A retired fish and game warden, Messick told the Chronicle about a memorable conversation he had during the battle over Proposition 8.  On the street a lesbian woman yelled at him, “What have you people got against love?”  He responded by going over and talking with her.  Over and over the next half-hour, they discussed love from a personal and Biblical perspective.  At the end of the conversation, Messick reports that the woman was moved to tears.  Messick also discussed some of the ways that his church is impacting the local community.  Located in a low income, high crime area, Christ Community Church is committed, in his words, “to seeing God change the area.”  Its New Creations street ministry has helped hundreds of people affected by homelessness, substance abuse, and other afflictions.  Yet none of this was reported — apparently it didn’t support the Chronicle’s desire to protray arrogant religious leaders.

I received no response to an email I sent to reporter Kevin Fagan.

However there have been a number of responses to the article itself.   A letter to the editor criticized the “organized homophobia” of the “religious right”, claiming (based on the article) that church leaders want to deny marriage to gays and lesbians “because they are de facto sinners.”  The  Imperial Valley Press editorial called for Supervisor Liemgruber to be removed from office.  And Leimbreiber forwarded correspondence that he received condemning him as a “bigot” whose “homophobic opinion” is “on par with the [mid-20th century] racism in the deep south”.


Cell Phone Tower Paranoia

Filed under: Uncategorized — Kevin M @ 4:51 pm

Came home last night to a flier stuffed into my mailbox regarding a supposed overbuild of cell phone towers in the neighborhood and the need for the community to stand together to oppose new cell sites.  Never mind that there are plenty of dead zones, including my house.  It appears that T-Mobile wants to put a cellphone tower at a local YMCA and one resident has decided to organize an opposition based on a belief of growing “radiation” danger.

I’m an engineer with decades of experience in wired and wireless communication systems, and I know that this is mostly fear-mongering based on junk science and anecdotes about individual cancer cases.   Not to mention the crazy talk.  Worse, to the extent that there IS a danger from cell radiation, it is clearly from too few cell towers, not too many.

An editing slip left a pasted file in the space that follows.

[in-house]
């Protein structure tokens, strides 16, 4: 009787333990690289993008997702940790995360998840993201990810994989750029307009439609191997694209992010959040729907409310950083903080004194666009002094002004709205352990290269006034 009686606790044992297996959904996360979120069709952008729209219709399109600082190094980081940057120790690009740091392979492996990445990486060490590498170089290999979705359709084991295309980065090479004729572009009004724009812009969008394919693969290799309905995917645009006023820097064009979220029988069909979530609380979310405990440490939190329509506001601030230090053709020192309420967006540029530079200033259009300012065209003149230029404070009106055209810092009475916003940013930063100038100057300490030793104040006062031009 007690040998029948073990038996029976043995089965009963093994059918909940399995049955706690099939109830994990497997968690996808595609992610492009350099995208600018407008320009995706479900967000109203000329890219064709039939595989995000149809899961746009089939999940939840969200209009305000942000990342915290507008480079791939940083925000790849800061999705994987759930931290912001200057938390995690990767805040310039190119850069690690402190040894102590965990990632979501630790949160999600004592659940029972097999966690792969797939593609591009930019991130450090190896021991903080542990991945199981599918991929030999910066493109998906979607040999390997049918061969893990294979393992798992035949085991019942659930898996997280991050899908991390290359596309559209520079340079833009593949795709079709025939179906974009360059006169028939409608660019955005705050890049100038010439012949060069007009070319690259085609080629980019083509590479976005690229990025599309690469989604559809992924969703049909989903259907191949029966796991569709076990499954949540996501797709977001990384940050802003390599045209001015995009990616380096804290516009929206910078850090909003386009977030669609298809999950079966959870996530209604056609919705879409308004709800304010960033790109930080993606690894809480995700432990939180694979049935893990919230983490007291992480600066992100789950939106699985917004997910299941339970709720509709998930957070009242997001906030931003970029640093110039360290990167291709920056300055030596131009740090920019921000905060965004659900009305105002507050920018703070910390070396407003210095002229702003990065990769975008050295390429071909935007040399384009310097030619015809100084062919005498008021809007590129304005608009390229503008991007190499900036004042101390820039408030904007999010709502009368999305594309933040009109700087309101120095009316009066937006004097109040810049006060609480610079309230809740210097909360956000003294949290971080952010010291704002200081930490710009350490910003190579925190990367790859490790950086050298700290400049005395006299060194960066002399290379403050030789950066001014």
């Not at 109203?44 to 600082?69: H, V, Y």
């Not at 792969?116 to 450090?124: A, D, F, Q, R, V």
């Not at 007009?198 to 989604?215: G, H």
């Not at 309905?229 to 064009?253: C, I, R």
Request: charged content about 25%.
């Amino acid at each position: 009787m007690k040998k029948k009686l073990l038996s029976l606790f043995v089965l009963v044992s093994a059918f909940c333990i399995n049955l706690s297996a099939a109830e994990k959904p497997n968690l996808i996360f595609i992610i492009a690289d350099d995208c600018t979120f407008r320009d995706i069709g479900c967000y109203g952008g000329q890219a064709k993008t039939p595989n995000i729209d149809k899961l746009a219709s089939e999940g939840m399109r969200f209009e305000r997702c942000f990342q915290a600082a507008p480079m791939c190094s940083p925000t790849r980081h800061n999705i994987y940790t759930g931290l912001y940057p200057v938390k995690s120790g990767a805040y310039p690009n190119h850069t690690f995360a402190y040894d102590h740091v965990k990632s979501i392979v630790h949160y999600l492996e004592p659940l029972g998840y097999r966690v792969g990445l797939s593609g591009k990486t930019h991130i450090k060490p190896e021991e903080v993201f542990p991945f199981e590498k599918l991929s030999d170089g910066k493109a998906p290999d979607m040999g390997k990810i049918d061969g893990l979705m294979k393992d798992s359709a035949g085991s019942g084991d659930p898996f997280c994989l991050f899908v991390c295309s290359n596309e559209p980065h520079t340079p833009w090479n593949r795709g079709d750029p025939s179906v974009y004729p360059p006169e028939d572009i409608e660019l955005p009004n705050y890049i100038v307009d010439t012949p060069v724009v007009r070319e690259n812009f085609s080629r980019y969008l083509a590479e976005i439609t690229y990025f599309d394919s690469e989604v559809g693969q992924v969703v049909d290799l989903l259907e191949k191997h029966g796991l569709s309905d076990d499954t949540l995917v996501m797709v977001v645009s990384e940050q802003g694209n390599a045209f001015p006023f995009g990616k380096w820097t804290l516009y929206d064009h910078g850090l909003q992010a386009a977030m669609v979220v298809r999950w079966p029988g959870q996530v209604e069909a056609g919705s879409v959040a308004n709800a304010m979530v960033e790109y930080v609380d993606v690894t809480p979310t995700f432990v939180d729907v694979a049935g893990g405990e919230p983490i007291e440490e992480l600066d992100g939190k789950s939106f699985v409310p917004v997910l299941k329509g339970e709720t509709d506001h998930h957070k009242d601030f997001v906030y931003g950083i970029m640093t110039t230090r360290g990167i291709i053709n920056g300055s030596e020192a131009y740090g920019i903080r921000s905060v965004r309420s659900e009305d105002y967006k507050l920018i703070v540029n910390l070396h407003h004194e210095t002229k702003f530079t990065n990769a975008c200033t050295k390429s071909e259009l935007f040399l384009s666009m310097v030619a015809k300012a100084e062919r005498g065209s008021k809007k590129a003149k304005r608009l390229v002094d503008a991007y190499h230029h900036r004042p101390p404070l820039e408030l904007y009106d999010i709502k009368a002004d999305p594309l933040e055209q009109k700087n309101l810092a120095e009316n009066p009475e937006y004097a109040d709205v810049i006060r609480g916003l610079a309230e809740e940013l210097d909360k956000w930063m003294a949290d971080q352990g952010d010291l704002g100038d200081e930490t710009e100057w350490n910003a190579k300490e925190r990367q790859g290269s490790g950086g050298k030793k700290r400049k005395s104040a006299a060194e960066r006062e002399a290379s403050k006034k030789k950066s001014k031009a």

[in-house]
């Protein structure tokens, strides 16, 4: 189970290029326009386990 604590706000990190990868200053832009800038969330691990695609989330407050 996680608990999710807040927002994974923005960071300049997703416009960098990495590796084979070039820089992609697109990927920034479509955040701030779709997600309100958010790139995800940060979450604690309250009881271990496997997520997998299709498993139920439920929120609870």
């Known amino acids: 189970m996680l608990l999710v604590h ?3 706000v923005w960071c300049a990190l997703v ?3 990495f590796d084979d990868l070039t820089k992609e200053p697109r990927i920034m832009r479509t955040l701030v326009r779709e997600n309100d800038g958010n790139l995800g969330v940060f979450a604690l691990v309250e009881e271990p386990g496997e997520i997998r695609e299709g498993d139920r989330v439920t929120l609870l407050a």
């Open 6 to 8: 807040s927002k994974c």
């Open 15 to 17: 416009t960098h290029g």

The dangerous cell transmitter is the one next to your brain, not the one hundreds or thousands of yards away.   According to the inverse square law, the difference in power levels at one inch versus 100 feet is a ratio of 1.44 million to one.  And most people are considerably further than 100 feet, considering the property lines and the tower height.  At 1000 feet the ratio is 144 million to one.  Even if the cell tower is transmitting at 1000 times the power (it usually isn’t), the ratios are still tens of thousands to one.

So, why do people talk about cancer and cell phones?  Because there is some evidence that holding a cell phone next to your brain can be harmful if the cell phone is transmitting at max power for a long time.  Problem is that this only happens when you are far from a cell tower (for the same reason you have to YELL to be heard far away).  And the most likely situation where that occurs a lot is if you have crappy cell reception at home. Like me.

Which is exactly the situation that these NIMBYs are working to maintain.

Update:  It turns out that the desired site was not at the local YMCA, but on a residential street.  Further, the tower was not the “small installation” that I was led to believe but a fairly huge one that would have actually overhung a residence.  Apparently the local residents were using every argument they could to derail this thing.  Doesn’t affect what I think about the cancer-ray stuff, but T-Mobile should be ashamed of themselves poisoning the waters like this.

In the end T-Mobile bagged it, and it will be more difficult for the next company that tries to put something up in a more reasonable manner.